Migrant women subject to sexual harassment and physical violence on their journey to Turkey, says sociologist

Afghan migrants rest while waiting for transport by smugglers after crossing the Iran-Turkish border on August 15, 2021 in Tatvan, on the western shores of Lake Van, eastern Turkey. (Photo by Ozan KOSE / AFP)

Sociologist Didem Danış has said migrant women face many hurdles on their journey to Turkey, including sexual harassment and physical violence.

Speaking to BBC Turkish service, Danış said the number of female migrants in Turkey had increased exponentially over the last two decades. “For many migrant women, the journey to Turkey is a very dangerous one,” she said. “They are subject to sexual harassment and physical violence.”

One Afghan woman who did not want to reveal her name said she was raped by a migrant smuggler in Iran and became pregnant as a result. The woman contemplated suicide but changed her mind for the sake of the baby.

She later gave birth in a Turkish hospital. However, with an infant depending on her, the young woman was unable to find a job as nobody was willing to employ her.

Upon their arrival in Turkey migrant women’s problems do not end as most of them are undocumented migrants. Farangis Habibullah, a migration researcher, said undocumented migrant women were like “ghosts.”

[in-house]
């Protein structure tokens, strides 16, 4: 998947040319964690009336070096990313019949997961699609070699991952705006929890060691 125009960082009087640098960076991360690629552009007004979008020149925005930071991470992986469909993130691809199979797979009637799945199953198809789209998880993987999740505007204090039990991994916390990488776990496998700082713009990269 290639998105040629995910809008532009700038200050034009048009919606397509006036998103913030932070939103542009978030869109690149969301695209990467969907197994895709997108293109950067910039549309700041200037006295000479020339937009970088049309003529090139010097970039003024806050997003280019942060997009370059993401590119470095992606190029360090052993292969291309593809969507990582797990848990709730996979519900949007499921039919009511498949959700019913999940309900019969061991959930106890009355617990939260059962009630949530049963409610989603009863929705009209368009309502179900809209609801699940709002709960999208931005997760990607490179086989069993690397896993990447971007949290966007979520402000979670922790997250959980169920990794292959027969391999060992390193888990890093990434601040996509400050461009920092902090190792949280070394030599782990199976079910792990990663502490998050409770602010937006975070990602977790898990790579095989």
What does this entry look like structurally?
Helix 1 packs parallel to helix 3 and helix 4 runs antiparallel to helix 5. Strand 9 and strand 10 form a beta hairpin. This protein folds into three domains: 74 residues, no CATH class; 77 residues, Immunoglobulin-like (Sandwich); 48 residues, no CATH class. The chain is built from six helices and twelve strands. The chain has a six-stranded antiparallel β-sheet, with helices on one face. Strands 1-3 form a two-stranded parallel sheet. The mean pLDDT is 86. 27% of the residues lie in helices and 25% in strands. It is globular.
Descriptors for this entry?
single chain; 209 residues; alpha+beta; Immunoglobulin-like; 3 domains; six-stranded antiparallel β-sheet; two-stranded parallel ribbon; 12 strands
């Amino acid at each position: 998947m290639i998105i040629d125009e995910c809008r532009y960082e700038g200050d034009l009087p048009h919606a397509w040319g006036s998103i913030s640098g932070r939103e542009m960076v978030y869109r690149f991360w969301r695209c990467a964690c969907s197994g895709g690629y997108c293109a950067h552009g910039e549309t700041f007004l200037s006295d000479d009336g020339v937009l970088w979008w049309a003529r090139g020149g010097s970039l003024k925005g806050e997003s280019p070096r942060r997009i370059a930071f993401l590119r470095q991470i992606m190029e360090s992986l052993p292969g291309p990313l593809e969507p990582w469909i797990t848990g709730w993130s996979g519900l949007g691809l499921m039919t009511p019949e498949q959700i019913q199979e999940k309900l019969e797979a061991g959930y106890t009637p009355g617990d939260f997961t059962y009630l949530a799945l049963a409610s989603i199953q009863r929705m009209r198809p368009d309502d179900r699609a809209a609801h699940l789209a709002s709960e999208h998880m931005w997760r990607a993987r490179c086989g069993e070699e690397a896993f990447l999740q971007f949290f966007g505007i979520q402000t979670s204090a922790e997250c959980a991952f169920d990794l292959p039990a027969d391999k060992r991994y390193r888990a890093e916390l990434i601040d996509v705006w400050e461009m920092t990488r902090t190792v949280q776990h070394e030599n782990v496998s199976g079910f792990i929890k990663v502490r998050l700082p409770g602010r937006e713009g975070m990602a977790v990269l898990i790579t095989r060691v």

In addition to being subject to violence, women face economic problems. According to Danış many worked as caregivers for the elderly and children.

“Migration is a difficult process and entails a lot of suffering for women. However, they also undertake these hurdles in search of a better life. Hope is a big part of migration,” said Danış.

A recent report by the Diyarbakır Bar Association revealed that Syrian women were the most discriminated against among refugees in Turkey.

The bar association said more than half the refugees who applied to them for legal advice were women and that most of them sought assistance in instances of kidnap, rape, harassment, physical violence and divorce.

The report also found that Syrian women grappled with poverty and discrimination in the labor market.

According to UNHCR Turkey hosts the largest number of refugees worldwide. The country is currently home to around 3.6 million registered Syrian refugees along with close to 320,000 persons of concern of other nationalities.

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